When death of your industry becomes default small talk in the conference lobby and every media related conversation devolves into something along the lines of, "How do we save the Los Angeles Times?" you know things are not boding well. Perhaps this is why media buyers (the typically underpaid twentysomethings who work at "creative agencies") have become the rockstars of the new media industry, employing a hallowed position at conferences formerly reserved for those with access to an iPhone charger. Nowhere is this more clear than at this week's Digital Hollywood being held at Lowes in Santa Monica, because as Jason Krebs, co-founder of Shortail Media and formerly of the New York Times, put it, "Today you've got a disaster area in the media business."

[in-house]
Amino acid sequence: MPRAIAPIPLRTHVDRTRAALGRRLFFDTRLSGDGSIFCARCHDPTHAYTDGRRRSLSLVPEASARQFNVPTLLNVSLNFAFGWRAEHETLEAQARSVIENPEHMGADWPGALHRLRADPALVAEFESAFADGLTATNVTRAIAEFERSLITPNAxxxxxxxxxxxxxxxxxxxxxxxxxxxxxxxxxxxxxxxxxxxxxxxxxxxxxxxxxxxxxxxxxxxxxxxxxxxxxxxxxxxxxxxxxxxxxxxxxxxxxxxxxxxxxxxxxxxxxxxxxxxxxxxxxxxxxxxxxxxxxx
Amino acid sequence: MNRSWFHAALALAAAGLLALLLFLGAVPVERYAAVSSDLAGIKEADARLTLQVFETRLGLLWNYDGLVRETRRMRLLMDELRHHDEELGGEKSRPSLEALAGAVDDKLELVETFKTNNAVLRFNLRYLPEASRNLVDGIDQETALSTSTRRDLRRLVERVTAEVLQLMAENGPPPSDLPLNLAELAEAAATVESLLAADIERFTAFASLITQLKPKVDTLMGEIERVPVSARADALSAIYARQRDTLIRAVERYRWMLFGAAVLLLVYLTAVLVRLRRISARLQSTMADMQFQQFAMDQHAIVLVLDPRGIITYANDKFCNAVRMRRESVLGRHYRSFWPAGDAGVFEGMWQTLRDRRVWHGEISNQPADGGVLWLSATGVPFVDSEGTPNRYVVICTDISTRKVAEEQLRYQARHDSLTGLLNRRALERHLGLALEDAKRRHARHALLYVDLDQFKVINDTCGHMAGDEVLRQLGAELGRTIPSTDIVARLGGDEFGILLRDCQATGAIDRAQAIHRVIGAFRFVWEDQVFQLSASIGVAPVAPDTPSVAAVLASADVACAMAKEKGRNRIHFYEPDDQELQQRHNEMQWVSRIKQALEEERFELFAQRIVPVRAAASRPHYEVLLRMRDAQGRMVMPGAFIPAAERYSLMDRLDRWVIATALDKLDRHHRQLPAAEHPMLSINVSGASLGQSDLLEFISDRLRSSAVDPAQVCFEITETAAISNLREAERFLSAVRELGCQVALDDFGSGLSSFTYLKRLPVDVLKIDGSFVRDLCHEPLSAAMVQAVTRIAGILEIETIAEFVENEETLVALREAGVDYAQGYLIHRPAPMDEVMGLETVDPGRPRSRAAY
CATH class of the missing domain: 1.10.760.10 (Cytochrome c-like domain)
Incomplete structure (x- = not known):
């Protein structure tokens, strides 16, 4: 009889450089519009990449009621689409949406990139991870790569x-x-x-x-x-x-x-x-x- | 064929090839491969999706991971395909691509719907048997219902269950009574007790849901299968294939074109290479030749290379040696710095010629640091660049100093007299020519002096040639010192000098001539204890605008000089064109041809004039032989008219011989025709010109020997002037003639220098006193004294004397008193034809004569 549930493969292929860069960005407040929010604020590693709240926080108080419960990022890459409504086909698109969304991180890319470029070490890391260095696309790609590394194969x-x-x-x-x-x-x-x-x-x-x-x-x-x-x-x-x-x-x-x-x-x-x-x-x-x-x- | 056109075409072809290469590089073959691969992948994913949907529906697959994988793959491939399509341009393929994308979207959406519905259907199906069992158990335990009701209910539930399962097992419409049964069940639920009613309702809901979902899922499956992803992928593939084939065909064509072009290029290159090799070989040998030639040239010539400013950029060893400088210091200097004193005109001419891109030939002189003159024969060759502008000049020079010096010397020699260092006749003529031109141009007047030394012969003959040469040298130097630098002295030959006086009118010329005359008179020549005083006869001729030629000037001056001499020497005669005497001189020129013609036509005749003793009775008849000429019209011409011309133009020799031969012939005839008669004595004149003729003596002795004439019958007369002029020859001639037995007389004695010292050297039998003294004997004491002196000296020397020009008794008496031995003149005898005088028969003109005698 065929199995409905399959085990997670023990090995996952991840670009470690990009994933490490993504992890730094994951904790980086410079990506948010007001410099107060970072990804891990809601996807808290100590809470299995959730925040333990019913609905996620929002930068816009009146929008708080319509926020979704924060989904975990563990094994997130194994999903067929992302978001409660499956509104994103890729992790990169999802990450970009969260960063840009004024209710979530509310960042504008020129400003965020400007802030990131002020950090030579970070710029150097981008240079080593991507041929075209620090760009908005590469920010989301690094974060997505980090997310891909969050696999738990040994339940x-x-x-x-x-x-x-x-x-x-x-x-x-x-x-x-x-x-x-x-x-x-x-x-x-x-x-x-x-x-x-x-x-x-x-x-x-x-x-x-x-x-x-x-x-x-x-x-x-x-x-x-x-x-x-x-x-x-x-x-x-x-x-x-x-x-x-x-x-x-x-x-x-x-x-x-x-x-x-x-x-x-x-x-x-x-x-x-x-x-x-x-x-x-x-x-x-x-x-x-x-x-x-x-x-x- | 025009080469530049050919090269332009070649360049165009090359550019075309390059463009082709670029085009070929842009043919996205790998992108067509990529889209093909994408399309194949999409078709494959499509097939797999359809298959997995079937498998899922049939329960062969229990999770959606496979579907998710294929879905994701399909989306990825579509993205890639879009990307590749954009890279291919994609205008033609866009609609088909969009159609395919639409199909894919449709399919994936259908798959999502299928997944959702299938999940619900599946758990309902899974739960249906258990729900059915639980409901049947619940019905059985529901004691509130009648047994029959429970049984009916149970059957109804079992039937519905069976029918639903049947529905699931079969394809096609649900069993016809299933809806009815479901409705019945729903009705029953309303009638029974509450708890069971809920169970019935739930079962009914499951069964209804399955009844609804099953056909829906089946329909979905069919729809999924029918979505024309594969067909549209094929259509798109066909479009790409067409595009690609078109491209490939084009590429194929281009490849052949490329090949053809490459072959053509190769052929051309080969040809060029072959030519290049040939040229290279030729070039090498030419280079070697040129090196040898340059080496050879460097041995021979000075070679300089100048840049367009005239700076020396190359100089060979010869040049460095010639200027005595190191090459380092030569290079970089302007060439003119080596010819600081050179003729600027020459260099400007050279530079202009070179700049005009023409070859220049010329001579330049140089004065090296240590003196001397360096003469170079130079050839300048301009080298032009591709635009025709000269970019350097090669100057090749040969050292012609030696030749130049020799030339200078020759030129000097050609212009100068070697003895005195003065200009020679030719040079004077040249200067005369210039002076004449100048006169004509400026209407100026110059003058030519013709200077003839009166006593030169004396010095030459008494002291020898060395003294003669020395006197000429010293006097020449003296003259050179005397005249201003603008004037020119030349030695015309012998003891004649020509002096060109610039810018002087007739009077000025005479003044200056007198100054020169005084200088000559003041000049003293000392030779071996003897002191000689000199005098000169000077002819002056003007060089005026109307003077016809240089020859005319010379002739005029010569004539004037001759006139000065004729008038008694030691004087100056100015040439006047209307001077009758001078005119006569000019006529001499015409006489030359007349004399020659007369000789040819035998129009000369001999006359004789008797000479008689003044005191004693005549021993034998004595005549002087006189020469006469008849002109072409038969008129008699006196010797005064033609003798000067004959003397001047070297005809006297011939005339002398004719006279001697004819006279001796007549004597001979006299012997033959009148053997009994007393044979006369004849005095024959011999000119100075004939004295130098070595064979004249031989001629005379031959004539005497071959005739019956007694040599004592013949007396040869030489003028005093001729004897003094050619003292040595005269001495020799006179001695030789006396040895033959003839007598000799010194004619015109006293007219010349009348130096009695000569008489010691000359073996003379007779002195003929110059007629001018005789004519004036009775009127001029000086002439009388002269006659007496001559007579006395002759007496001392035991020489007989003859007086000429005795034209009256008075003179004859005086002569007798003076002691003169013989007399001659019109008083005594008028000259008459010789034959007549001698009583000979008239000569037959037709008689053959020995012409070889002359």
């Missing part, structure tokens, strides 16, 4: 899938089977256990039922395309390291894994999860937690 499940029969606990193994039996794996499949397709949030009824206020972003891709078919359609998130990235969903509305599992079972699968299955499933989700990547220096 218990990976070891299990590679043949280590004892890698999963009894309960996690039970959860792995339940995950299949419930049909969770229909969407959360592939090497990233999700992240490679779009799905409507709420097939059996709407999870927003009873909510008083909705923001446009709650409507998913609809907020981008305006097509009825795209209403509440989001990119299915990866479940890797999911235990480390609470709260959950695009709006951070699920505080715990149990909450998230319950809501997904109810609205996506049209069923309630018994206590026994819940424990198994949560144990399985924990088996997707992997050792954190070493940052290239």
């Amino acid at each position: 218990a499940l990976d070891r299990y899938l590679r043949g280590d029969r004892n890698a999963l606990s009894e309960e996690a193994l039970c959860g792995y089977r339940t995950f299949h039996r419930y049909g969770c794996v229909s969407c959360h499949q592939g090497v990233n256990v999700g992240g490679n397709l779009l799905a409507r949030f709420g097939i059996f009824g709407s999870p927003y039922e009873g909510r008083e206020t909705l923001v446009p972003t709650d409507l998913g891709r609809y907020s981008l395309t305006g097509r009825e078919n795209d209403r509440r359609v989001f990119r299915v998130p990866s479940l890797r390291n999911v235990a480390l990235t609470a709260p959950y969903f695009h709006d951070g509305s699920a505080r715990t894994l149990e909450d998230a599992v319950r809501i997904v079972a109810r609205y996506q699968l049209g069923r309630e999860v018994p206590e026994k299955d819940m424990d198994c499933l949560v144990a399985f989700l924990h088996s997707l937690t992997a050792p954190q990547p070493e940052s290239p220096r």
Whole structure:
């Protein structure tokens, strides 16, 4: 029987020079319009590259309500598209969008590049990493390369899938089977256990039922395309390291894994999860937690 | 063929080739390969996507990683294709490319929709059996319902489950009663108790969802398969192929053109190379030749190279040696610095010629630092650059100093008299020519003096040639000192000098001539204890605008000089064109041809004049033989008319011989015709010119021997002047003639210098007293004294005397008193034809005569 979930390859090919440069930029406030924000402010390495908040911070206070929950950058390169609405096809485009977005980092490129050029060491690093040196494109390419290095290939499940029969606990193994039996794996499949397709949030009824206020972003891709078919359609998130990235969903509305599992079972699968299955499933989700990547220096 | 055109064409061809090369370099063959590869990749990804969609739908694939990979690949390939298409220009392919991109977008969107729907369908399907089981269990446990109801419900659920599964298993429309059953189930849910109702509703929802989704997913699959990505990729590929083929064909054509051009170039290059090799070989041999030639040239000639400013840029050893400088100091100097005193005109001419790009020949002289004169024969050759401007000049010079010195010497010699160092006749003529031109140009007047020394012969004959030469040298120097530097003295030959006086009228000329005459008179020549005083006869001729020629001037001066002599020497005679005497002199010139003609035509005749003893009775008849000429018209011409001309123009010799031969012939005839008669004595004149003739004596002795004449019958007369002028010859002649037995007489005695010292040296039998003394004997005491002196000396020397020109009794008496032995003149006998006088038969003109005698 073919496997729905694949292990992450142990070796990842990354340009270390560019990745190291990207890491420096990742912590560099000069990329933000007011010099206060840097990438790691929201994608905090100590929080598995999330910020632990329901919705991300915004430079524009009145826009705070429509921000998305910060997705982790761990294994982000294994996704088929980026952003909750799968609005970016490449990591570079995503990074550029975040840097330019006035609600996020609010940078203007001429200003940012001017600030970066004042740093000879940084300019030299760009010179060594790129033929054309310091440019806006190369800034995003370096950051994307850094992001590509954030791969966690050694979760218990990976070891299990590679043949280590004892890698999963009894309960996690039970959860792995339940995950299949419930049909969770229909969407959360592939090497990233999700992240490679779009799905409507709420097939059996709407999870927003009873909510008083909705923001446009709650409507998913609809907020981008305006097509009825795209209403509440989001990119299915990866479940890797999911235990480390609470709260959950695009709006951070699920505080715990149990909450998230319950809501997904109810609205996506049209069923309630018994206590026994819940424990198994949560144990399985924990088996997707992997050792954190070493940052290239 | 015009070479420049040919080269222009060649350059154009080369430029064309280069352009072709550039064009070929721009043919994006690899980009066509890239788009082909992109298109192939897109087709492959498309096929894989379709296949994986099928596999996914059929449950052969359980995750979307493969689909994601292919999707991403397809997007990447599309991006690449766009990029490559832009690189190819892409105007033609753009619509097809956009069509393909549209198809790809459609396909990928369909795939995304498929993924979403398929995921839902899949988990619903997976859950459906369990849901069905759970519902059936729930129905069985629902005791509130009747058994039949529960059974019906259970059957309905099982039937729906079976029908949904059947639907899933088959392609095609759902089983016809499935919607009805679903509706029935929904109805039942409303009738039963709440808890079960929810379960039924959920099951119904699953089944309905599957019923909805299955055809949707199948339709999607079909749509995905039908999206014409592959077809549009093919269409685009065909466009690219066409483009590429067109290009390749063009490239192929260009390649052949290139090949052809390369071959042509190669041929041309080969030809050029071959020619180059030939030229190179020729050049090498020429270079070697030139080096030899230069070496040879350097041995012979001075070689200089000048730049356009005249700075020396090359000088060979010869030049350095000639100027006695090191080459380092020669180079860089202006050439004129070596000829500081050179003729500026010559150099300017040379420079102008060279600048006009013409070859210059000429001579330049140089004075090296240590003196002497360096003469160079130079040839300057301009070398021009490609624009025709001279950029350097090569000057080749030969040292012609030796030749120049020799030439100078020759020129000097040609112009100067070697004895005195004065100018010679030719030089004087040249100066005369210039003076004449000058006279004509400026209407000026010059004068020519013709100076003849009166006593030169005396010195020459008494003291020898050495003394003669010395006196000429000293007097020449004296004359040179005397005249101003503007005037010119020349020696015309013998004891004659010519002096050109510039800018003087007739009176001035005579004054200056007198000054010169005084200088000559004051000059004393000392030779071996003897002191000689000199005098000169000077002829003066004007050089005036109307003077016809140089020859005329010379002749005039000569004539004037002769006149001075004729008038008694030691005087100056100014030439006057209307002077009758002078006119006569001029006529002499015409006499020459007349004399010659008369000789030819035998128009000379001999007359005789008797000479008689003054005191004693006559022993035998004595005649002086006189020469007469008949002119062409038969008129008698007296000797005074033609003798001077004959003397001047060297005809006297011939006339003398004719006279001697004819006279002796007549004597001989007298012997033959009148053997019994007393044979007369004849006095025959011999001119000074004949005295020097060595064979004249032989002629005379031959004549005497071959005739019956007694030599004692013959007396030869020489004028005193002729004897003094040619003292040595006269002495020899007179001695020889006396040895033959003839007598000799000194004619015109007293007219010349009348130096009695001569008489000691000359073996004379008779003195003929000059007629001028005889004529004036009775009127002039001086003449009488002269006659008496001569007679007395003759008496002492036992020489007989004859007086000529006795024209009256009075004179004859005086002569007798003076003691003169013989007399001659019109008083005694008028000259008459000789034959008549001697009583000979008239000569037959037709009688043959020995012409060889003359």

How did we get here? Part of the answer lies in the fact that the free platforms of distribution provided by the social Web cut out the middle man; Krebs explains,"Because it's free, Twitter has made the flow of advertising dollars going to the Internet so much more difficult." Ad agencies now see social media (Twitter, Facebook and MySpace) as platforms to build their own content, using the viral nature of these mediums to engage the consumer directly, and putting a serious hurt on the buying of page views and online carriage. If you are a publisher (i.e. you have content that's monetized by advertising, from television to newspapers to porn) this dis-intermediation means you're in for a rough future unless you come up with a more creative solution to the problem than a banner ad or click campaign.
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